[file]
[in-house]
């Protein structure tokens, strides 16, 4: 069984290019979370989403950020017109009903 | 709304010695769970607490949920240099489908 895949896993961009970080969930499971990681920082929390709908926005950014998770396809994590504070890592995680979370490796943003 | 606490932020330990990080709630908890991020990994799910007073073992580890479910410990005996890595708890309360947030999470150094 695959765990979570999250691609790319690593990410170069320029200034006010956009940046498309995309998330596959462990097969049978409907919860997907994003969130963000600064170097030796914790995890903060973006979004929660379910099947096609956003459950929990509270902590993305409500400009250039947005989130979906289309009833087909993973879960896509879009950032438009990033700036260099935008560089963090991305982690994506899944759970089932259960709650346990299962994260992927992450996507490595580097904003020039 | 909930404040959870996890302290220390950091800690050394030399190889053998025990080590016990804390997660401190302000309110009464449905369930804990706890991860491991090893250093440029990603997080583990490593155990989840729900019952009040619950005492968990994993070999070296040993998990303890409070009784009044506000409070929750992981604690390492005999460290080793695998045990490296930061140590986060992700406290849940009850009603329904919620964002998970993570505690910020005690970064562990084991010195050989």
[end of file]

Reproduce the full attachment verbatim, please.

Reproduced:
[in-house]
């Protein structure tokens, strides 16, 4: 069984290019979370989403950020017109009903 | 709304010695769970607490949920240099489908 895949896993961009970080969930499971990681920082929390709908926005950014998770396809994590504070890592995680979370490796943003 | 606490932020330990990080709630908890991020990994799910007073073992580890479910410990005996890595708890309360947030999470150094 695959765990979570999250691609790319690593990410170069320029200034006010956009940046498309995309998330596959462990097969049978409907919860997907994003969130963000600064170097030796914790995890903060973006979004929660379910099947096609956003459950929990509270902590993305409500400009250039947005989130979906289309009833087909993973879960896509879009950032438009990033700036260099935008560089963090991305982690994506899944759970089932259960709650346990299962994260992927992450996507490595580097904003020039 | 909930404040959870996890302290220390950091800690050394030399190889053998025990080590016990804390997660401190302000309110009464449905369930804990706890991860491991090893250093440029990603997080583990490593155990989840729900019952009040619950005492968990994993070999070296040993998990303890409070009784009044506000409070929750992981604690390492005999460290080793695998045990490296930061140590986060992700406290849940009850009603329904919620964002998970993570505690910020005690970064562990084991010195050989």